Local leaders – Dr Priya Dev and David Elliot (Qhopper)

Amy M 23 February 2015

It’s half-time at a Brumbies home game and you’re craving a meat pie and a beer. The problem is that 20,000 hungry football fans also have the same idea, and you risk missing the start of the second half if you join the end of the queue.

Local mathematician Dr Priya Dev and IT entrepreneur David Elliot have the solution. They’ve developed an app that allows sports fans to order and pay for food using their smartphones. It’s called Qhopper, and its goal is to create a world without queues.

“If you look at the statistics, people spend more time queuing than they do laughing. I wanted to show that it’s possible to change that. Nobody should have to wait in lines when our phones can do it for us,” Dr Dev, who has a PhD in applied probability, says.

Frustrated by long lines for food at sporting events, she developed a complex mathematical algorithm to eliminate physical queues and ensure that customers receive accurate estimated wait times.

Chief technology officer David Elliot and his team at software development company Agile Digital helped Dr Dev to build a product that not only gets rid of queues, but also keeps customers up to date with how long their order is taking and sends an alert when their food is ready to be served. The app is available by connecting to Wi-Fi at any Qhopper-enabled venue.

“If you’re managing food at a stadium and it’s half-time, it’s like a wedding. There’s no room for error. You have a very small window to get people fed,” Elliot says.

“In that environment, system reliability, security and performance are critical.”

The pair says that Minister Andrew Barr and his media advisor Kurt Steel, who was killed in a bus crash in Bolivia last month, were particularly strong supporters both of the Qhopper concept and of technology entrepreneurship in the capital.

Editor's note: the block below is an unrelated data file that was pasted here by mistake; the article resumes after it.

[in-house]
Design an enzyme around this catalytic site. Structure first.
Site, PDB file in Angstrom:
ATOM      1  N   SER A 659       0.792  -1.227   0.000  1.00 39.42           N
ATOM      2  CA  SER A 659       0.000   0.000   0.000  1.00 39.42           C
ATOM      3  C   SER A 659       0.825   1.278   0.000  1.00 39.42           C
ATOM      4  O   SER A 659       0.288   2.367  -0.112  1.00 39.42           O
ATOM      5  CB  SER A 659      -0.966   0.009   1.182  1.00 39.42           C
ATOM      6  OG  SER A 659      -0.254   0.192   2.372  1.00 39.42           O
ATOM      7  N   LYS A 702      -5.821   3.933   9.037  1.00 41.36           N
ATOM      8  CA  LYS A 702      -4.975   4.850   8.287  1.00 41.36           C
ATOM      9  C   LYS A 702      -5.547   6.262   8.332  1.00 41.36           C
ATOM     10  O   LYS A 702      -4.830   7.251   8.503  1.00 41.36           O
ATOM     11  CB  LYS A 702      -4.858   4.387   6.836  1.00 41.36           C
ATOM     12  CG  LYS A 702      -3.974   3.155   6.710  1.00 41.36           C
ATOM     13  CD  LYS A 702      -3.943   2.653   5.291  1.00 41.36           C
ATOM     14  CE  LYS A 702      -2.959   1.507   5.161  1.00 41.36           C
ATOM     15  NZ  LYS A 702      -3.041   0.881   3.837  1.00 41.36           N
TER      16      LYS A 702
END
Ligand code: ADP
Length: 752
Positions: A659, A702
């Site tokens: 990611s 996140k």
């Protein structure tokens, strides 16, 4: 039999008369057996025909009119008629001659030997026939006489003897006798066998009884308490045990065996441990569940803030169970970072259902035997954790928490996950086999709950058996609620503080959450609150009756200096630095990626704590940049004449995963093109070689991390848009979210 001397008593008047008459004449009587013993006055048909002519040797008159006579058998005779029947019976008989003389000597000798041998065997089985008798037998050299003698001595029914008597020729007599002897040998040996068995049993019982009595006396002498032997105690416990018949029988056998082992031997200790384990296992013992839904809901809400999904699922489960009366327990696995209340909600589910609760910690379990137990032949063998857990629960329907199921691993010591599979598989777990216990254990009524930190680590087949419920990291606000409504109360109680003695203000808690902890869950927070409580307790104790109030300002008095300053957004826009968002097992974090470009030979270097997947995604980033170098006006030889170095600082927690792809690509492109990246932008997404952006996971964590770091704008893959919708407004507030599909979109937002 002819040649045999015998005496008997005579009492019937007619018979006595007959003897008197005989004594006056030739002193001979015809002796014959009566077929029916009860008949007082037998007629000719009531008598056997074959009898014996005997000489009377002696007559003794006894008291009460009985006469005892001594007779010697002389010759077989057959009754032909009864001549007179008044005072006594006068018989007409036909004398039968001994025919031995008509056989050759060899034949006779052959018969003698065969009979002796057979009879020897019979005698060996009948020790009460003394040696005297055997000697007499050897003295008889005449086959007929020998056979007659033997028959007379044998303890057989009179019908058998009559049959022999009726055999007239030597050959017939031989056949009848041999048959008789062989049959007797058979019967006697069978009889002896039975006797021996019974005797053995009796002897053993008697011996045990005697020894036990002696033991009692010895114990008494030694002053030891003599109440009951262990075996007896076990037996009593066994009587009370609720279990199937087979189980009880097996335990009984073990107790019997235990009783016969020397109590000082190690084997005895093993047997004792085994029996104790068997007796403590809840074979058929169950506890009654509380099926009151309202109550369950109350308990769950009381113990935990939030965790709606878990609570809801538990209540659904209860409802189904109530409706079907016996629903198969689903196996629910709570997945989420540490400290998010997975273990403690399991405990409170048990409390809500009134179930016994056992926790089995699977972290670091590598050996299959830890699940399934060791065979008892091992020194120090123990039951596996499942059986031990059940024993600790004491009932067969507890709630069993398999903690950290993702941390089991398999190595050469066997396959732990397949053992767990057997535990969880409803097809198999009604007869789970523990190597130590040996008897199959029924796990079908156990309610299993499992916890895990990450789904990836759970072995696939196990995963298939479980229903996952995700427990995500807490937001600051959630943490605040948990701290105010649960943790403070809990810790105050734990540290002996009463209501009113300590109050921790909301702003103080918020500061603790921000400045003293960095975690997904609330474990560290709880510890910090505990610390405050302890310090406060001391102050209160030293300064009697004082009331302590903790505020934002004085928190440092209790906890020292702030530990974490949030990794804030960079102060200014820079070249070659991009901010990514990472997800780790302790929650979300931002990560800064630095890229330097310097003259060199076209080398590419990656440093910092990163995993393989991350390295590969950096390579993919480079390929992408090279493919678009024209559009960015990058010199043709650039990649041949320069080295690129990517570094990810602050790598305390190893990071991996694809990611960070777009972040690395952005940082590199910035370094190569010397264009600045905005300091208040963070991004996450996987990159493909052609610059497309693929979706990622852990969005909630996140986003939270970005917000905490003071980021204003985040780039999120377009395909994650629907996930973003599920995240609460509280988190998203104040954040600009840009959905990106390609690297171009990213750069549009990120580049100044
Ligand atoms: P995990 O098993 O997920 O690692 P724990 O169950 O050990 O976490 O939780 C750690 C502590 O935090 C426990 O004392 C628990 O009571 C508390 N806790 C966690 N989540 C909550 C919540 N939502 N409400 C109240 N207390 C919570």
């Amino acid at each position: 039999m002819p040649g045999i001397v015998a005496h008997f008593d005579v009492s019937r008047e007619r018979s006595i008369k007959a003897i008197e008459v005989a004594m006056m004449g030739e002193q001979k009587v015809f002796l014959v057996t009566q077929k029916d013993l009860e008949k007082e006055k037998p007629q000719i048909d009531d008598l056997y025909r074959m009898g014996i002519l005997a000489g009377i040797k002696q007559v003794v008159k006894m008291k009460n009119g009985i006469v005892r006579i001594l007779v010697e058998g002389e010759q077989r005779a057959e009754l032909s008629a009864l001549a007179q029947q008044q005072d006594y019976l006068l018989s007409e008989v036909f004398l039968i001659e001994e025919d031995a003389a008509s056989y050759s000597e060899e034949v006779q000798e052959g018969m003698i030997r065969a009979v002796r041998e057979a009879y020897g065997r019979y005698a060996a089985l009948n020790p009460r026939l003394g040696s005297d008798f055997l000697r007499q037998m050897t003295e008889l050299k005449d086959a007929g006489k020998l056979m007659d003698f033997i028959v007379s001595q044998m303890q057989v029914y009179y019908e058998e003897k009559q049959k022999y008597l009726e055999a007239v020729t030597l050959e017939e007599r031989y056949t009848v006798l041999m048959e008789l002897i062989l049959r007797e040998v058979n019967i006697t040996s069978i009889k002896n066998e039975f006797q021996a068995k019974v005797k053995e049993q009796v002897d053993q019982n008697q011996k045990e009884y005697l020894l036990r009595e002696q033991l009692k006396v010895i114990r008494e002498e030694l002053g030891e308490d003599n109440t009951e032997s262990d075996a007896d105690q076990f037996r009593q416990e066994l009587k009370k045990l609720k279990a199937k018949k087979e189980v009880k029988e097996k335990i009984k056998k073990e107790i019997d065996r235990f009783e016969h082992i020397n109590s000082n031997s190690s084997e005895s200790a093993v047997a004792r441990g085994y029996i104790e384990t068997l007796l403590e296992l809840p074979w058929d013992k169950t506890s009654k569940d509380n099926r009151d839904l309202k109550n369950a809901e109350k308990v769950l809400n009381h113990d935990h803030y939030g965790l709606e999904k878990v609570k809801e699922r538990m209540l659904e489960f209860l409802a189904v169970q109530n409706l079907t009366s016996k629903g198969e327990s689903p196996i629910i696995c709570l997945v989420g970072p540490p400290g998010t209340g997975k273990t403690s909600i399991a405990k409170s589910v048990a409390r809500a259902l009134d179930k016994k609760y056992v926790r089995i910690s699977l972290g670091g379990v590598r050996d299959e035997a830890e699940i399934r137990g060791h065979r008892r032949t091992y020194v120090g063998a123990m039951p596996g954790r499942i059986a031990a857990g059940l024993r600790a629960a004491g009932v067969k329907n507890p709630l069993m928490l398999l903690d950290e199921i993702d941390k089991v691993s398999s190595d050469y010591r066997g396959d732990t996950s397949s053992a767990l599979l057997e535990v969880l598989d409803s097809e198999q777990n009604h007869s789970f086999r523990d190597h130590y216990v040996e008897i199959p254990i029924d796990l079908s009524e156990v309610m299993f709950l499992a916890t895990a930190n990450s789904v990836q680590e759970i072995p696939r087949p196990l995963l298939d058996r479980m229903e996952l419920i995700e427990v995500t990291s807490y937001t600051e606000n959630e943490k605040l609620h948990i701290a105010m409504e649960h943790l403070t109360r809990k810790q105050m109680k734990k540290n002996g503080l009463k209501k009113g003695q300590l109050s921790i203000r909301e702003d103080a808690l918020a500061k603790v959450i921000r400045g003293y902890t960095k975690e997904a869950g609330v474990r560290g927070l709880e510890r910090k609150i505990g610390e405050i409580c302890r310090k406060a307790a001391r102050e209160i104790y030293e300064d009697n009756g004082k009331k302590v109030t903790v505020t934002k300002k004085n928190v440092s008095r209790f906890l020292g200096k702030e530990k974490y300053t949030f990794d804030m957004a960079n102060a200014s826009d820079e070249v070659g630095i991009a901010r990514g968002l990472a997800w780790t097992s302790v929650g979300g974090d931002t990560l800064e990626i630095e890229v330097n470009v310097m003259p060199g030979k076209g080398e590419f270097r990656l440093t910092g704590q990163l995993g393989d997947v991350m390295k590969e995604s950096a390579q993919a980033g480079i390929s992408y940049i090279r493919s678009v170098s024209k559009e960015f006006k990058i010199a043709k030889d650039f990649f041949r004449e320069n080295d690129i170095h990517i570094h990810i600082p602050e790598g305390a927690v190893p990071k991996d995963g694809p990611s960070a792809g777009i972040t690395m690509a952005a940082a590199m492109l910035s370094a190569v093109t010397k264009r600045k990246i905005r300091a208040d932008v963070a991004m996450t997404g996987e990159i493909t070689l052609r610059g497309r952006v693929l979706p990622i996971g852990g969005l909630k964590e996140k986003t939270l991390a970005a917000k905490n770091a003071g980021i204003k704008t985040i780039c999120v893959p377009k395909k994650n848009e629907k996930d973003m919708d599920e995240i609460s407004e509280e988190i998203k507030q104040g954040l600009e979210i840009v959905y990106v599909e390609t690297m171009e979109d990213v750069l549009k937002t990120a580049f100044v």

“We were deeply saddened by Kurt’s death. He was a great advocate of innovation in Canberra,” Dr Dev says.

Qhopper has received grants from the ACT Government’s Innovation Connect program, as well as from the ANU Connect Venture fund. Dr Dev and Elliott have also assembled a team of technical gurus, industry specialists and an advisory board that counts R&D expert Anne-Marie Perret from Capital Angels as a member.

Qhopper is now looking to expand both in Canberra and across Australia, with Dr Dev recently moving from Canberra to Sydney to support this growth. Locally, the Qhopper team is waiting on GIO Stadium Canberra’s upcoming WiFI upgrades, when the app will become more widely available. To experience queue-less ordering in Canberra in the meantime, head to Brodburger in Kingston, which has been using Qhopper for around four weeks – to what Elliot describes as “astronomical” success.

Dr Dev says that the app could also potentially reduce queue times and the risk of infection at ACT hospitals.

“As a virtual queuing system, Qhopper could be used by the ACT Government to solve the problem of waiting for services at facilities such as the ACT walk-in clinic, where people are forced to wait in small rooms with other people, which can be a health risk,” she says.

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